Christmas food on a table

It’s the season for making plans, having high expectations and hoping that everything will be wonderful. It’s also the season for getting stressed out when no one will play ball with your amazing plan and for setting yourself up for disappointment.

I’ve been told by a number of people recently that the best stories come from when things go wrong. The best weddings are the ones where everything goes wrong and everyone has a blast anyway. The best holidays are the ones where the hotel is full of quirks and you get lost everytime you go out.

Memories aren’t made when things go according to plan. The only time you’ll happily recall how every thing went to plan is to juxtapose against how everything usually doesn’t.

But I can’t help but think that planning is half the pleasure. Thinking about how you would like things to be. Imagining how wonderful the future will be.

So this festive season, and in fact anytime you make plans in the future, make them with the best intentions. And make then big and exciting. Make them as perfect as you can.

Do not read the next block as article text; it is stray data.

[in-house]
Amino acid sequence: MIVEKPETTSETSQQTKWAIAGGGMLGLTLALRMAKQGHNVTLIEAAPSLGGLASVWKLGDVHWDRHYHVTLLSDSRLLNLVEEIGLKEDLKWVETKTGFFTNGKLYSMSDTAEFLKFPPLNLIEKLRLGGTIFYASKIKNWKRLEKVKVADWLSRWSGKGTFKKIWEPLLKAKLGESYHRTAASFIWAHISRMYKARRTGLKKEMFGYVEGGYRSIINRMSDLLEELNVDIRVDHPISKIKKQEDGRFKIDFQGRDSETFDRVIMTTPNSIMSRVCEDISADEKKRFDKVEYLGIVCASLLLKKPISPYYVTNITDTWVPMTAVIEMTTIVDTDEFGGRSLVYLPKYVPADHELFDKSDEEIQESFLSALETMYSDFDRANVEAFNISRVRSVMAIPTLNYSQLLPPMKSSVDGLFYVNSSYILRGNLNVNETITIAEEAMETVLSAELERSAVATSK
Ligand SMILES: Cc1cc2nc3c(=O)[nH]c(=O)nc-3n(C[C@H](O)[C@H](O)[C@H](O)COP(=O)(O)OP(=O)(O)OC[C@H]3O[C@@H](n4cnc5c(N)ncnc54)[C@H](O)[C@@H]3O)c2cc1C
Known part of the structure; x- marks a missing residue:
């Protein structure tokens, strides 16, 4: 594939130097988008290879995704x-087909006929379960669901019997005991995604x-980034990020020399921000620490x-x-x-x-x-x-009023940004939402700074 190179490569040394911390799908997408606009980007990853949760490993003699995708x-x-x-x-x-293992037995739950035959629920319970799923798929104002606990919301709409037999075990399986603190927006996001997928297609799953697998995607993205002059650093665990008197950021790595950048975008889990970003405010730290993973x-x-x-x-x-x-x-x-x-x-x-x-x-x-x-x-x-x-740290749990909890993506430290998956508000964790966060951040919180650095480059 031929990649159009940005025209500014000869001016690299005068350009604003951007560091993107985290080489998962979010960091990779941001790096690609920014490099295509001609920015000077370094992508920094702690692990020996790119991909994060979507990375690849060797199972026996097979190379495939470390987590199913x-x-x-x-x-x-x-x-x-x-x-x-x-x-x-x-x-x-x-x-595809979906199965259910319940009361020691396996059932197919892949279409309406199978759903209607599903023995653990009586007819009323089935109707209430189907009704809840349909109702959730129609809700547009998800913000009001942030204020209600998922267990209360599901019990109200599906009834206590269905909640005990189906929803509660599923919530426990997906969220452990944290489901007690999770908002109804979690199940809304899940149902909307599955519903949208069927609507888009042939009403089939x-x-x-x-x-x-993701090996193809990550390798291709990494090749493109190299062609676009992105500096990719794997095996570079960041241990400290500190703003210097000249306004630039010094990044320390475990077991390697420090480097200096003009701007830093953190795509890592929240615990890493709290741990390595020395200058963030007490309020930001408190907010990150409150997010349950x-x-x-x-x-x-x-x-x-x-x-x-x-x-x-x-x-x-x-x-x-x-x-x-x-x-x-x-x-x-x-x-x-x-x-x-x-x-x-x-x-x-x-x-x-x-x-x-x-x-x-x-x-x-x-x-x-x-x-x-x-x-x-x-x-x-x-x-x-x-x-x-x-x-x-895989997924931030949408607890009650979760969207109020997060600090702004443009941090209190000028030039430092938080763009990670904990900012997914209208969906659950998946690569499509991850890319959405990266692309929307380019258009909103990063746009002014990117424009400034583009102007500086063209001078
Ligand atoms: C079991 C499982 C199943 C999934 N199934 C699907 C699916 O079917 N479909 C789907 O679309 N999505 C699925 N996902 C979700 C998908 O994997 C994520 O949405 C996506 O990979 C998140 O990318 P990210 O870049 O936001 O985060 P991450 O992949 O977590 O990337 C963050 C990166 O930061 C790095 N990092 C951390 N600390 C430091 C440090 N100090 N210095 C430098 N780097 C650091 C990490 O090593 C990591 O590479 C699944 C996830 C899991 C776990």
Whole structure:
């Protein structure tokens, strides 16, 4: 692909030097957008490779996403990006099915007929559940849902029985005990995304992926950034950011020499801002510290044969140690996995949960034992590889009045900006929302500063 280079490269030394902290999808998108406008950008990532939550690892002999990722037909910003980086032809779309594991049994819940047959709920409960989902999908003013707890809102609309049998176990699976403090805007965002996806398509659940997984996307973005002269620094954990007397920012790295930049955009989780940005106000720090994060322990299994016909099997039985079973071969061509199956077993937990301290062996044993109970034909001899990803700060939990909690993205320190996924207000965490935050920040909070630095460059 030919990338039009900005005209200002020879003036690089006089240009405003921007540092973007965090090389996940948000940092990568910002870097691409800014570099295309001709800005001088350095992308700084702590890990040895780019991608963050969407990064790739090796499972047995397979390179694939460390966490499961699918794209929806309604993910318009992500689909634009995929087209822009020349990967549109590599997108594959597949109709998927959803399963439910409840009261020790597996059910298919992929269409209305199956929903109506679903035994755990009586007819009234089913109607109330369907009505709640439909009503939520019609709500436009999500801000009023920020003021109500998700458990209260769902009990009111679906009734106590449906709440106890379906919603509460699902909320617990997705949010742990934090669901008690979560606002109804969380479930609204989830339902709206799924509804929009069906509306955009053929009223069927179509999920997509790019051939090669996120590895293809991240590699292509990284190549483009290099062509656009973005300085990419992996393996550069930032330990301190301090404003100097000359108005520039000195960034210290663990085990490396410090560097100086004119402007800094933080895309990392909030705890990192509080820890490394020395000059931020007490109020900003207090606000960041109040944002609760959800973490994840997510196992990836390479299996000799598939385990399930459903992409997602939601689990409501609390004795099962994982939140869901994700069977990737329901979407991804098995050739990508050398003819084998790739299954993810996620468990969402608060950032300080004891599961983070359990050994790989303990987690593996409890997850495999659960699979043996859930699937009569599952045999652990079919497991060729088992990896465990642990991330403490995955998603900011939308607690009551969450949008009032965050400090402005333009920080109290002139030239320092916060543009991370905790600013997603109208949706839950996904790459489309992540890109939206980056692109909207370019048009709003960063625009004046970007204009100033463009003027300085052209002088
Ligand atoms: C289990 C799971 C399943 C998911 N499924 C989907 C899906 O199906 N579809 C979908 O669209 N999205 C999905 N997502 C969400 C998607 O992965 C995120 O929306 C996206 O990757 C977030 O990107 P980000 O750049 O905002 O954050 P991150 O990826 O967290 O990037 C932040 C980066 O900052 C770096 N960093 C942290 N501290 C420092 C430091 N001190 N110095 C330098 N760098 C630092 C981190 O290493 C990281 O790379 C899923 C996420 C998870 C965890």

Then comes the more challenging part. You need to be ready to roll with the punches. To be as flexible as a yoga devotee. Treat your plans as a vague framework and just go with what’s going to meet your intended outcome. Presumably happiness for everyone involved. Remind yourself as your Christmas dinner fails to be the most sophisticated thing ever that you’ll laugh about this every Christmas to come. Think about how you’ll remember the time the Christmas tree collapsed as a time when you were so happy.

Be happy in the now. Make happy chaotic memories for the future. And, right now, get planning.